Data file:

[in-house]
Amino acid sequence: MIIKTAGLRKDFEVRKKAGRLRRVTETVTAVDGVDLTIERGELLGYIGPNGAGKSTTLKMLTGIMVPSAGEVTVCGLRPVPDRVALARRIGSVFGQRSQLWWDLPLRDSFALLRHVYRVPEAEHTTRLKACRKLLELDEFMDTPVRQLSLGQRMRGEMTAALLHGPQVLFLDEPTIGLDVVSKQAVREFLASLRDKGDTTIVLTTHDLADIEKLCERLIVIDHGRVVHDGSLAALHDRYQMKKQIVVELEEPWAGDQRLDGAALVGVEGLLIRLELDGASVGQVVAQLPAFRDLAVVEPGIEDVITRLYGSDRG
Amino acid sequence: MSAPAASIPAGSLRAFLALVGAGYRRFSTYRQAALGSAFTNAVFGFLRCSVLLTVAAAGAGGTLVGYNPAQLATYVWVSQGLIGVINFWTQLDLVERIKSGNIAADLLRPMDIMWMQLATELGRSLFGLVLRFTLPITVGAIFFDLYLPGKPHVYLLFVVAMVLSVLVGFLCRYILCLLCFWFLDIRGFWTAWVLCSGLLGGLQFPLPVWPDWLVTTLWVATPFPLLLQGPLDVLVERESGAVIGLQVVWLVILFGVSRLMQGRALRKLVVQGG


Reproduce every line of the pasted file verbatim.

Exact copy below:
[in-house]
Amino acid sequence: MIIKTAGLRKDFEVRKKAGRLRRVTETVTAVDGVDLTIERGELLGYIGPNGAGKSTTLKMLTGIMVPSAGEVTVCGLRPVPDRVALARRIGSVFGQRSQLWWDLPLRDSFALLRHVYRVPEAEHTTRLKACRKLLELDEFMDTPVRQLSLGQRMRGEMTAALLHGPQVLFLDEPTIGLDVVSKQAVREFLASLRDKGDTTIVLTTHDLADIEKLCERLIVIDHGRVVHDGSLAALHDRYQMKKQIVVELEEPWAGDQRLDGAALVGVEGLLIRLELDGASVGQVVAQLPAFRDLAVVEPGIEDVITRLYGSDRG
Amino acid sequence: MSAPAASIPAGSLRAFLALVGAGYRRFSTYRQAALGSAFTNAVFGFLRCSVLLTVAAAGAGGTLVGYNPAQLATYVWVSQGLIGVINFWTQLDLVERIKSGNIAADLLRPMDIMWMQLATELGRSLFGLVLRFTLPITVGAIFFDLYLPGKPHVYLLFVVAMVLSVLVGFLCRYILCLLCFWFLDIRGFWTAWVLCSGLLGGLQFPLPVWPDWLVTTLWVATPFPLLLQGPLDVLVERESGAVIGLQVVWLVILFGVSRLMQGRALRKLVVQGG